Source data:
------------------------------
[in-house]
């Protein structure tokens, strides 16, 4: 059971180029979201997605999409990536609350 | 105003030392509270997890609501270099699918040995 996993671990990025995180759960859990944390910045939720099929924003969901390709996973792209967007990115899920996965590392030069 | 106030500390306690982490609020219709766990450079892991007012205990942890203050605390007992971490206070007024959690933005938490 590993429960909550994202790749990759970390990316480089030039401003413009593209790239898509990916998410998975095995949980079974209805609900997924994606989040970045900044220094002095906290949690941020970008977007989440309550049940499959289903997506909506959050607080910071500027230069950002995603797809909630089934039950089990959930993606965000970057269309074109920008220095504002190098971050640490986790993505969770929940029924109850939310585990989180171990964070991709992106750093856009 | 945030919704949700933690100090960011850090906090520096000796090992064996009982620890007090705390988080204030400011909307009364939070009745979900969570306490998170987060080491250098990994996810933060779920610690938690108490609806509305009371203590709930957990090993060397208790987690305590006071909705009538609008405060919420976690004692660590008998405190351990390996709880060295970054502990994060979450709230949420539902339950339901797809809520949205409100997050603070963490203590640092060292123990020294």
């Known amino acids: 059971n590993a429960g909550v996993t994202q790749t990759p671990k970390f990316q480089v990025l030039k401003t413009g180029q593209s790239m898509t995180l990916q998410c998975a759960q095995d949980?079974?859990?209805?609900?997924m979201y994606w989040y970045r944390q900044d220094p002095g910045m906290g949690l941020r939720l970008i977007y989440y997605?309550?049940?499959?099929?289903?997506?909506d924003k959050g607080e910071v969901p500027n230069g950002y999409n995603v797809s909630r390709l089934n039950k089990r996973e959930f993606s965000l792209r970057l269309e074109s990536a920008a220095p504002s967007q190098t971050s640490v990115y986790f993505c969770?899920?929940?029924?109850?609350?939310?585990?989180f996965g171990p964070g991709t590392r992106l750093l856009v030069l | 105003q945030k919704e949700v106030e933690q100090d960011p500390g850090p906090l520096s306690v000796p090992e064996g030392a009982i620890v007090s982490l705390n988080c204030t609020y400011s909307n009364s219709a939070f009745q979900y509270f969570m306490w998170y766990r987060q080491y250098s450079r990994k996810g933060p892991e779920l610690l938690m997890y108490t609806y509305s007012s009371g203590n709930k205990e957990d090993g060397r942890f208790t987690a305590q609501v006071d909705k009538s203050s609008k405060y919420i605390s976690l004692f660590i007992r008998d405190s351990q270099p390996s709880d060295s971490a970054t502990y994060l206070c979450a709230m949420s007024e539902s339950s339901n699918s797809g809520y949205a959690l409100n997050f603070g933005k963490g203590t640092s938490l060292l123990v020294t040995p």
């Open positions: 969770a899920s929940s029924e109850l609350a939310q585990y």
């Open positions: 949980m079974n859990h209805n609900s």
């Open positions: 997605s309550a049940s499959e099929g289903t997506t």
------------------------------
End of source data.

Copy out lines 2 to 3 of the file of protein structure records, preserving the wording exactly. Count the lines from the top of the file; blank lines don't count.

């Protein structure tokens, strides 16, 4: 059971180029979201997605999409990536609350 | 105003030392509270997890609501270099699918040995 996993671990990025995180759960859990944390910045939720099929924003969901390709996973792209967007990115899920996965590392030069 | 106030500390306690982490609020219709766990450079892991007012205990942890203050605390007992971490206070007024959690933005938490 590993429960909550994202790749990759970390990316480089030039401003413009593209790239898509990916998410998975095995949980079974209805609900997924994606989040970045900044220094002095906290949690941020970008977007989440309550049940499959289903997506909506959050607080910071500027230069950002995603797809909630089934039950089990959930993606965000970057269309074109920008220095504002190098971050640490986790993505969770929940029924109850939310585990989180171990964070991709992106750093856009 | 945030919704949700933690100090960011850090906090520096000796090992064996009982620890007090705390988080204030400011909307009364939070009745979900969570306490998170987060080491250098990994996810933060779920610690938690108490609806509305009371203590709930957990090993060397208790987690305590006071909705009538609008405060919420976690004692660590008998405190351990390996709880060295970054502990994060979450709230949420539902339950339901797809809520949205409100997050603070963490203590640092060292123990020294």
């Known amino acids: 059971n590993a429960g909550v996993t994202q790749t990759p671990k970390f990316q480089v990025l030039k401003t413009g180029q593209s790239m898509t995180l990916q998410c998975a759960q095995d949980?079974?859990?209805?609900?997924m979201y994606w989040y970045r944390q900044d220094p002095g910045m906290g949690l941020r939720l970008i977007y989440y997605?309550?049940?499959?099929?289903?997506?909506d924003k959050g607080e910071v969901p500027n230069g950002y999409n995603v797809s909630r390709l089934n039950k089990r996973e959930f993606s965000l792209r970057l269309e074109s990536a920008a220095p504002s967007q190098t971050s640490v990115y986790f993505c969770?899920?929940?029924?109850?609350?939310?585990?989180f996965g171990p964070g991709t590392r992106l750093l856009v030069l | 105003q945030k919704e949700v106030e933690q100090d960011p500390g850090p906090l520096s306690v000796p090992e064996g030392a009982i620890v007090s982490l705390n988080c204030t609020y400011s909307n009364s219709a939070f009745q979900y509270f969570m306490w998170y766990r987060q080491y250098s450079r990994k996810g933060p892991e779920l610690l938690m997890y108490t609806y509305s007012s009371g203590n709930k205990e957990d090993g060397r942890f208790t987690a305590q609501v006071d909705k009538s203050s609008k405060y919420i605390s976690l004692f660590i007992r008998d405190s351990q270099p390996s709880d060295s971490a970054t502990y994060l206070c979450a709230m949420s007024e539902s339950s339901n699918s797809g809520y949205a959690l409100n997050f603070g933005k963490g203590t640092s938490l060292l123990v020294t040995p």